Straightforward NC for source packets and perfect channel conditions were also assumed for the performance assessment of the four decoding schemes. Fig. 2 depicts the probability of each scheme recovering at least half () or all () of the source packets when packets have been transmitted. As we see, OFGE is not optimized for recovering a fraction of the source message in contrast to OFGE-PD, which requires a smaller number of transmitted packets to recover half of the source message but at a higher computational cost. A fact worthy of attention is that the decoding accuracy of GE is matched by that of GE-PD, which exhibits a computational cost as low as that of OFGE. For this reason, the proposed GE-PD was the decoding algorithm of choice for the simulation of the considered NC-based schemes.

Fig. 1: Computational cost of the decoding schemes for different numbers of source packets .
Fig. 2: Performance comparison of the decoding schemes for .

Iv-B Performance Validation of Systematic NC

In order to validate the derived analytical expressions for the decoding probability of systematic NC, a comparison between theoretical and simulation results was carried out. We considered a source message comprising packets, which are encoded using a systematic NC and transmitted over a packet erasure channel with .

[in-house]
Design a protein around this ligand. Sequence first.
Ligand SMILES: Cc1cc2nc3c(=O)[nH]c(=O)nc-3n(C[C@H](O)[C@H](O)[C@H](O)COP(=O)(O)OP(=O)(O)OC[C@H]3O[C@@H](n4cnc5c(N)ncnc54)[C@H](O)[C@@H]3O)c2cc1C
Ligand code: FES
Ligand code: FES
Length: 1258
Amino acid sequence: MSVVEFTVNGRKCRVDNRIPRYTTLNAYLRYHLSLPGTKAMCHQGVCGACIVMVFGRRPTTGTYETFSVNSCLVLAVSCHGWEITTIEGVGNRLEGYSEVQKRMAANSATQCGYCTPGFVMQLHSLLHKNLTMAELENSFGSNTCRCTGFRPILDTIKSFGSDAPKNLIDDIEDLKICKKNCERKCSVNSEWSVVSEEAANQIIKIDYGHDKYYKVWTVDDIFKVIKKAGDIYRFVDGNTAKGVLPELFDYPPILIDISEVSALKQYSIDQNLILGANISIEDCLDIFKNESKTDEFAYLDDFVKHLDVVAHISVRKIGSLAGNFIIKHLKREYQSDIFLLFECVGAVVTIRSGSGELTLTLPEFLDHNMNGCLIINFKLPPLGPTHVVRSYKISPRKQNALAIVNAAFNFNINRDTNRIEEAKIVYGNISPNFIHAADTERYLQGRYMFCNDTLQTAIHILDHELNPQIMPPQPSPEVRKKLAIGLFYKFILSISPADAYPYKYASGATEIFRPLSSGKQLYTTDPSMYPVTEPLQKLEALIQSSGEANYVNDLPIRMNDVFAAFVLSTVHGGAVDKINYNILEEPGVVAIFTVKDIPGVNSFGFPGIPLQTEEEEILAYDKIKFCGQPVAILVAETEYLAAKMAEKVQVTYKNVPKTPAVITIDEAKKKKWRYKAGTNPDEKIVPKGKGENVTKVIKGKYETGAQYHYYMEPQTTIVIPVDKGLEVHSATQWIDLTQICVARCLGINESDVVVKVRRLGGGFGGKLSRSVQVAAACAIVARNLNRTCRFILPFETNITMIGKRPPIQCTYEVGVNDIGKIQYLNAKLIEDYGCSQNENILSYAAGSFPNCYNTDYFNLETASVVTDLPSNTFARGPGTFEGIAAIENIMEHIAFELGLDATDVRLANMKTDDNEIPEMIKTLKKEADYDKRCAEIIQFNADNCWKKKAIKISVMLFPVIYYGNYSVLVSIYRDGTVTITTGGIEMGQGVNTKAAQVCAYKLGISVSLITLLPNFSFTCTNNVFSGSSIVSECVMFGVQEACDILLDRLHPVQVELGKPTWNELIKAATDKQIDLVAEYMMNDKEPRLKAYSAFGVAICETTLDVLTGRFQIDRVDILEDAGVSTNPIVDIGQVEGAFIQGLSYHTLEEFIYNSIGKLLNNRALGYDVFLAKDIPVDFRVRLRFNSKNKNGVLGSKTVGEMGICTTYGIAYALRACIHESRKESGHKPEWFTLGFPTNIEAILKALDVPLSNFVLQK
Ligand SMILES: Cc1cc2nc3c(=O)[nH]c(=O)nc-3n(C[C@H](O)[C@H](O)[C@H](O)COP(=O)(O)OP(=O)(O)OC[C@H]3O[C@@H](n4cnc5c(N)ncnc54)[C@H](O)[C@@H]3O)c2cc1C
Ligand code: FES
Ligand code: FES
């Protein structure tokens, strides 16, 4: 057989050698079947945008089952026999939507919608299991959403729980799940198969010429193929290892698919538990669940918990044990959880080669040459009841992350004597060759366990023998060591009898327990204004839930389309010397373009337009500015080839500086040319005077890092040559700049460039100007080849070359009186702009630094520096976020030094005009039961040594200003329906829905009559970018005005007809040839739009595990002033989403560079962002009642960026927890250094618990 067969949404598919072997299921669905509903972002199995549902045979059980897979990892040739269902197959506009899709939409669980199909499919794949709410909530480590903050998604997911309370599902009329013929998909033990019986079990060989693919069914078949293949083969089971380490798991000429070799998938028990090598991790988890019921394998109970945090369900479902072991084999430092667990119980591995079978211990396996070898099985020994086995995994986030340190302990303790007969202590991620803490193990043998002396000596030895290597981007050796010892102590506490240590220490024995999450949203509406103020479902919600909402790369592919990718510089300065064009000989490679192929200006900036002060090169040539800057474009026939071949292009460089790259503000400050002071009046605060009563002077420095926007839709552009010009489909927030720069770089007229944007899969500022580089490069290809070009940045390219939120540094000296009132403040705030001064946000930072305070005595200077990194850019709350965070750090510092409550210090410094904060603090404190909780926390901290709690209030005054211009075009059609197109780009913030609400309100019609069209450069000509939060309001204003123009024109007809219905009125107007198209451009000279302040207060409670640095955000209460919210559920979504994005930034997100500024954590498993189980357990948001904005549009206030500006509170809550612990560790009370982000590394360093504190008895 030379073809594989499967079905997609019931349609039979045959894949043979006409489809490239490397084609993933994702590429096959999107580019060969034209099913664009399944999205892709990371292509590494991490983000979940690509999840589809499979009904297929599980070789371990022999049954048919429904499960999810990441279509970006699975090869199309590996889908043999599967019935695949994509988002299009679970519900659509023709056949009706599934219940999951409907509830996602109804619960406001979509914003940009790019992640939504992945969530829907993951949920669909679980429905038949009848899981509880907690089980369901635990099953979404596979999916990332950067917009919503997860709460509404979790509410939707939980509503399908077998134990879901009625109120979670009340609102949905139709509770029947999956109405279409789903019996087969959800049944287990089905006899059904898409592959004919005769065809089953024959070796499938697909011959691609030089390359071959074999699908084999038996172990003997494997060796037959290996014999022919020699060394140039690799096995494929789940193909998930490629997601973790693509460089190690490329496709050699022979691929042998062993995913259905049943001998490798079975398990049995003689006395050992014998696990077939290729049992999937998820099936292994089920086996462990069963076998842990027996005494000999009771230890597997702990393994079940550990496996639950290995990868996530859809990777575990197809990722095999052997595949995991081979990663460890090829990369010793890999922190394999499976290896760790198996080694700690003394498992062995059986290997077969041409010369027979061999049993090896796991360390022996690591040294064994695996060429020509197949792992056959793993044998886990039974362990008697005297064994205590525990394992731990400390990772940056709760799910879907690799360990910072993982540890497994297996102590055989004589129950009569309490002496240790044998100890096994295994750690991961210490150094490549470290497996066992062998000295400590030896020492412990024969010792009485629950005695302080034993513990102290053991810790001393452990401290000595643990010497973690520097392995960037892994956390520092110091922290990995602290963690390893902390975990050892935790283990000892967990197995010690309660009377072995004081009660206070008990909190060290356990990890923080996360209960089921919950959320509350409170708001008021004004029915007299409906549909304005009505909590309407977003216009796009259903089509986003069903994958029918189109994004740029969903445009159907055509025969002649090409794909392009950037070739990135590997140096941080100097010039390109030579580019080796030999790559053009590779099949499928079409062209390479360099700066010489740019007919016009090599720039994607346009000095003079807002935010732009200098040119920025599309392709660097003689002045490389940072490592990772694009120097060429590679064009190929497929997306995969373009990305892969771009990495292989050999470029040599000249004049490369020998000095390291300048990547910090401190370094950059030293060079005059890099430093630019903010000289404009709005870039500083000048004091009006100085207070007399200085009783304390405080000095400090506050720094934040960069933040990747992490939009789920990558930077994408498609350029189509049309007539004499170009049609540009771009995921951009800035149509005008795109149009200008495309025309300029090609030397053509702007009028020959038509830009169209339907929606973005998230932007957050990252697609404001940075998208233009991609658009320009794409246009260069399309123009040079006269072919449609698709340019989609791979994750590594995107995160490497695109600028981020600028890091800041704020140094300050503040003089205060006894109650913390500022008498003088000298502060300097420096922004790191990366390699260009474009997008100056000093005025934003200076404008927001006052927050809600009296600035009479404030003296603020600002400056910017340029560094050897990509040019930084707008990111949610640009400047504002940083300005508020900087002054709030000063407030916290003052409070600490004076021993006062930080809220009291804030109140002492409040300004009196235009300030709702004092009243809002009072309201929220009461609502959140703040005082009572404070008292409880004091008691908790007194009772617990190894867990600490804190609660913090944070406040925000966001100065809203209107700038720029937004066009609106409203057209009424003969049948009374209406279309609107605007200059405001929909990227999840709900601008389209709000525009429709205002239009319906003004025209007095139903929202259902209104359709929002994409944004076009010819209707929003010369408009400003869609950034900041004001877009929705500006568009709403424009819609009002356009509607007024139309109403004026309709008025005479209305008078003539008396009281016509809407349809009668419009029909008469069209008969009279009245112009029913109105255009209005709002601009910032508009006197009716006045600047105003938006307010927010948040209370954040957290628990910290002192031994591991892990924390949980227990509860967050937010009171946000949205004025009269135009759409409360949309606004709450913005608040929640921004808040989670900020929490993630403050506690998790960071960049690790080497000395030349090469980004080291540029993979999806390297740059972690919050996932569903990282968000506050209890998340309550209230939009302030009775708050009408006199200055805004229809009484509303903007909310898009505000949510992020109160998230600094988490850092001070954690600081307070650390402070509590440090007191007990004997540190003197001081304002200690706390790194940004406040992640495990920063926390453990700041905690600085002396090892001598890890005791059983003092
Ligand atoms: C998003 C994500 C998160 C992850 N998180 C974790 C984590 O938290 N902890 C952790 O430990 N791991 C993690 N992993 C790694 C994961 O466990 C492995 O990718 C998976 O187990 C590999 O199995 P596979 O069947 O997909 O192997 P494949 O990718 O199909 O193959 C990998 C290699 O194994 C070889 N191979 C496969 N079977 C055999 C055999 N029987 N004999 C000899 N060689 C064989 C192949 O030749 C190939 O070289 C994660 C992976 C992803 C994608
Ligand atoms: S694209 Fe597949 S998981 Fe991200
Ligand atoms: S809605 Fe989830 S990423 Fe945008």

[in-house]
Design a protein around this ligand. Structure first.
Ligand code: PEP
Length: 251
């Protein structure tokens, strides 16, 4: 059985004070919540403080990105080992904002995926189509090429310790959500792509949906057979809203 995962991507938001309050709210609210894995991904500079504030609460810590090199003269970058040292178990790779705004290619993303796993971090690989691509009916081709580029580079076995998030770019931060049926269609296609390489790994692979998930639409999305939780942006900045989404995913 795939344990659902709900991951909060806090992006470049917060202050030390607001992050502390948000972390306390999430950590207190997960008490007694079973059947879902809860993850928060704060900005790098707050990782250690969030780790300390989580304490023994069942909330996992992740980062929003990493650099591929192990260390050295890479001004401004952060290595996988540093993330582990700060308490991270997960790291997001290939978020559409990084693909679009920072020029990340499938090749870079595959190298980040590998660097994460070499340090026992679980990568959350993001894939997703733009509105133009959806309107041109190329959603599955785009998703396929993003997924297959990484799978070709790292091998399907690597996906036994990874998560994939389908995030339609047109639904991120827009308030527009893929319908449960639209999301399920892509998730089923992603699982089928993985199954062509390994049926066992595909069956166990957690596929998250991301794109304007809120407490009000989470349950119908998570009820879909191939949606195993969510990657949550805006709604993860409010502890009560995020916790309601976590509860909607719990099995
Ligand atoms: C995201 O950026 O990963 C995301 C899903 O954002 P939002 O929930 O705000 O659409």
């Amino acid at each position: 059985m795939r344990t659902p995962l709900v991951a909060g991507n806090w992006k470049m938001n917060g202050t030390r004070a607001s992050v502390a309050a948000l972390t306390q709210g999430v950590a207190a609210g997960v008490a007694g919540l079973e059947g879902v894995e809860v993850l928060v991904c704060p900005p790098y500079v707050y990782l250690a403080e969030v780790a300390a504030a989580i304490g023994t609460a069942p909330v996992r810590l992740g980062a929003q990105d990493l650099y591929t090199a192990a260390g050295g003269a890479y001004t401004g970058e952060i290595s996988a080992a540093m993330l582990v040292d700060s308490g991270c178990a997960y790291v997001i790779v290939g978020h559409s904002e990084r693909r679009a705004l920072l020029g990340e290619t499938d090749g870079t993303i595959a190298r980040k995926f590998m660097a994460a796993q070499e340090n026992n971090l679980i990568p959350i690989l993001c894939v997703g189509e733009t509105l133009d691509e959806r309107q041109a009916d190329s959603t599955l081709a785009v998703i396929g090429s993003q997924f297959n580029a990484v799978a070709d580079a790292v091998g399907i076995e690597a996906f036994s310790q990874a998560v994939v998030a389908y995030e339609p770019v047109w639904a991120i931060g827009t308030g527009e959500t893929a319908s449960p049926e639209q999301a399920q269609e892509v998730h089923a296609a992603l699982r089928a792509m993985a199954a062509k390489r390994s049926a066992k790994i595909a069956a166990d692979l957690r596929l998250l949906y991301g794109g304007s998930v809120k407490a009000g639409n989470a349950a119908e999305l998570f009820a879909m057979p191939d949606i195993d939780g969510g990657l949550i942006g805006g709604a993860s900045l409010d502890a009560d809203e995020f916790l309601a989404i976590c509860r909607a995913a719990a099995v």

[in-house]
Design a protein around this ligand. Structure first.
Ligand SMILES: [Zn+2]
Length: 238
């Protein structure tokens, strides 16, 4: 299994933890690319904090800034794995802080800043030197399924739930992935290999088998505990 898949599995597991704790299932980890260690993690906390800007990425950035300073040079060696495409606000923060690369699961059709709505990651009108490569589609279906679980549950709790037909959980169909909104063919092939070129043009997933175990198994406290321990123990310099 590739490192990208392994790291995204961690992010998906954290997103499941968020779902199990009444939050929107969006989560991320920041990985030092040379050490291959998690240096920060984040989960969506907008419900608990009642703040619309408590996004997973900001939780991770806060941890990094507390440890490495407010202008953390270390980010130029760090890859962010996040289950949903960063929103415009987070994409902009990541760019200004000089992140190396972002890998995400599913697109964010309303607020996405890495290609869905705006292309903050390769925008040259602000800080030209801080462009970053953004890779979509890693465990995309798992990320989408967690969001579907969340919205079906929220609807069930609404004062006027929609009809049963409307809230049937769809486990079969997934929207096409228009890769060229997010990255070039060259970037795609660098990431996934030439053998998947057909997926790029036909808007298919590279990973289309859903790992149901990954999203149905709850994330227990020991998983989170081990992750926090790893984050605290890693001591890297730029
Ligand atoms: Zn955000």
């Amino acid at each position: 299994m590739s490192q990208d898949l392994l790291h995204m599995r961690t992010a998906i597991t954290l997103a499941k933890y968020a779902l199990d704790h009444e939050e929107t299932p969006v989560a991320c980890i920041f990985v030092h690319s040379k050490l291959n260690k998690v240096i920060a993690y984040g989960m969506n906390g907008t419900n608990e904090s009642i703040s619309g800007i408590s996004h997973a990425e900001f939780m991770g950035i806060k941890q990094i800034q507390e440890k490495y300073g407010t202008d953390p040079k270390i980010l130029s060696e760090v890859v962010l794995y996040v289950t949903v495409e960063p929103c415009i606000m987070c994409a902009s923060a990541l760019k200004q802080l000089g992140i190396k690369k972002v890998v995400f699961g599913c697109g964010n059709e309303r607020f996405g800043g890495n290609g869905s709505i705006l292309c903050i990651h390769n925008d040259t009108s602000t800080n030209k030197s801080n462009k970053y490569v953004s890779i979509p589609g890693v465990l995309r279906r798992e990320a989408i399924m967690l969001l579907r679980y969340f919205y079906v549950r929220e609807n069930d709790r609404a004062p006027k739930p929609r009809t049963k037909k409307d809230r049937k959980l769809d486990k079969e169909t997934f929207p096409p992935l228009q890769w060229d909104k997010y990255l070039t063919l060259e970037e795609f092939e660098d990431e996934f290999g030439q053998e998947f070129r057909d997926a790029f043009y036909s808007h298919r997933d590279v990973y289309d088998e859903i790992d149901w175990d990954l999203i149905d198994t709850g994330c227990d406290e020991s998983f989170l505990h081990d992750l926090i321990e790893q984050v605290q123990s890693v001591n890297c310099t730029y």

Fig. (a)a shows that expression (14) for accurately predicts the probability of decoding at least half of the source message (). Similarly, expression (7) for matches the simulated results for decoding the entire source message (), as reported in Fig. (b)b. The excellent agreement between theory and simulation establishes the validity of the theoretical analysis. It also demonstrates that the proposed GE-PD is both efficient and accurate, considering that the number of decoded source packets matches the one predicted by the theoretical model.

Fig. 3: Performance validation of systematic NC for , different values of and (a) partial recovery () or (b) full recovery () of the source packets.

Iv-C Evaluation of Systematic NC for Progressive Decoding

Fig. 4 shows the probability that a receiver employing systematic NC recovers at least half or all of the source packets, when packets have been transmitted. The performance of systematic NC is contrasted with that of OU transmission and straightforward NC, referred to here as SF NC for brevity. Two scenarios have been considered; Fig. (a)a depicts the performance of the three transmission schemes when , while Fig. (b)b presents plots for the case of . In both scenarios, the packet erasure probability has been set to .